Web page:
Colour Matching Game

from Michael’s   Visual Phenomena & Optical Illusions


What to see

In the adjoining demo you see in the left part two coloured squares atop each other. The lower one is the target colour, the one you’ll want to match. It is randomly selected each time you press Reset. The upper colour square (preset to blue) is the one you can change with the three mixing sliders.

Initially the mixing sliders control an RGB space: left for red, middle for green, right for blue.

With the pop-up at the very top you can alternatively select the HSL colour space, where the letters stand for H=hue, S for saturation (=“strength” of the colour), and L=lightness (similar to brightness).

If you find all of this bewildering and difficult, welcome to the club! I’ve spent decades on it…

What to do

Effectively, you can see this as a game: can I match the colour, and if so, how fast?

Try to match the colour at the left bottom with the left top colour. You will need to use all three sliders with normal colour vision: human colour vision is trichromatic or three-dimensional.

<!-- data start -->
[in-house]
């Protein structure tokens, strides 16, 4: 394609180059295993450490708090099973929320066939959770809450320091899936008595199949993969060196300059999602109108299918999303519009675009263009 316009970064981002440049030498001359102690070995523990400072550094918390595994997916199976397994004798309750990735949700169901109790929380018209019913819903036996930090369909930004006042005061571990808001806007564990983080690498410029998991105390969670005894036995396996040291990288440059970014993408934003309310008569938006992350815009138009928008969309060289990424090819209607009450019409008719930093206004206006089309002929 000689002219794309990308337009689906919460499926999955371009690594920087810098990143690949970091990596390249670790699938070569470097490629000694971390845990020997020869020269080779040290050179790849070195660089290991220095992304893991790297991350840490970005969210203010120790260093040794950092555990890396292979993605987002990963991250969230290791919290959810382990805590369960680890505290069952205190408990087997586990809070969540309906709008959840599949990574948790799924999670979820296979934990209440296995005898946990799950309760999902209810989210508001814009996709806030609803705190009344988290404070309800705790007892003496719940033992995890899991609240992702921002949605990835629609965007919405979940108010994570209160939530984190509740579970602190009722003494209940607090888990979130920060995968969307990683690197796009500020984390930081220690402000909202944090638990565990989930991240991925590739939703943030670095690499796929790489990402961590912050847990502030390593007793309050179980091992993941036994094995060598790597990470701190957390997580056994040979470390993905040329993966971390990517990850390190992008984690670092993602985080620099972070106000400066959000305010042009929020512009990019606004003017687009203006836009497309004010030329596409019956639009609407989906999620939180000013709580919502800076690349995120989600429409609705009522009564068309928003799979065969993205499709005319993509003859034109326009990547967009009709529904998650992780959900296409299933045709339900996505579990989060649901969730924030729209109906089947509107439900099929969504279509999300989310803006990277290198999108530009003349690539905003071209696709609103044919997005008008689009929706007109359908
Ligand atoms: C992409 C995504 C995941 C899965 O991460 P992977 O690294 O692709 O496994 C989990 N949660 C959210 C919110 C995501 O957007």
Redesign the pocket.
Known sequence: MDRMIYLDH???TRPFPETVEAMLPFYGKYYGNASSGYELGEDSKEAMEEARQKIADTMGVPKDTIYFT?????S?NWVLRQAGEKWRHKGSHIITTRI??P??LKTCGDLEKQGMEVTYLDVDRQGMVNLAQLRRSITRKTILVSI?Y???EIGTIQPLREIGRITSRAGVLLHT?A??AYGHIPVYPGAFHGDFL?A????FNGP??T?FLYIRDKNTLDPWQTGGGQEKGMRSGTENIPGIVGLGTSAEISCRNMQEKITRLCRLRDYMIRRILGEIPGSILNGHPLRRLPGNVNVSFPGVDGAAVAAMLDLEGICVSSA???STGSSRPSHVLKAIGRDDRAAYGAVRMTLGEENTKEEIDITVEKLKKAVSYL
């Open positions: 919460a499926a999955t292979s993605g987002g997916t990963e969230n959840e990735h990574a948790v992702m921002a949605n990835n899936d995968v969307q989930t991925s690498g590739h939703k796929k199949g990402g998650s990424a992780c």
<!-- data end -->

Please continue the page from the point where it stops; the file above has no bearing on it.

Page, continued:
The bar below the slider indicates similarity on a %-scale. You can turn this into a competition: the similarity goal can be changed (preset to 10%), and Reset starts a seconds timer next to it. Who can reach threshold faster?


RGB colour space
RGB colour space
(images from Wikipedia)
HSL colour space
HLS colour space

When you switch to the HSL colour space, the sliders take on different roles. You can compare this to the two controls on you HiFi: typically, you have one control for volume, another for balance. Alternatively, you can have a volume left / volume right arrangement. With both setups, you can cover the entire “audio space”, but in different ways. It is very similar with these two colour spaces (RGB vs HSL), and for added complexity there are even more colour spaces…

The RGB colour space is typically the one our displays and computer projectors are based upon. It resembles a cube (see left figure). The HSL colour space is a cylinder, a horizontal section through it will reveal a colour wheel. That is rather natural, as our hue space is circular: red-yellow-green-blue-violet-red… The left slider does, of course, a poor job for a circular measure. You will notice that red appears both at the top and at the bottom. If saturation or lightness are at zero (bottom), the colour is black regardless of the hue setting.

While the HSL space is a little more physiological (circular hue parameter), a double cone shape or a ball would be even closer: for very dark and very bright colours we perceive less saturation. One good colour space is the L·a·b variant.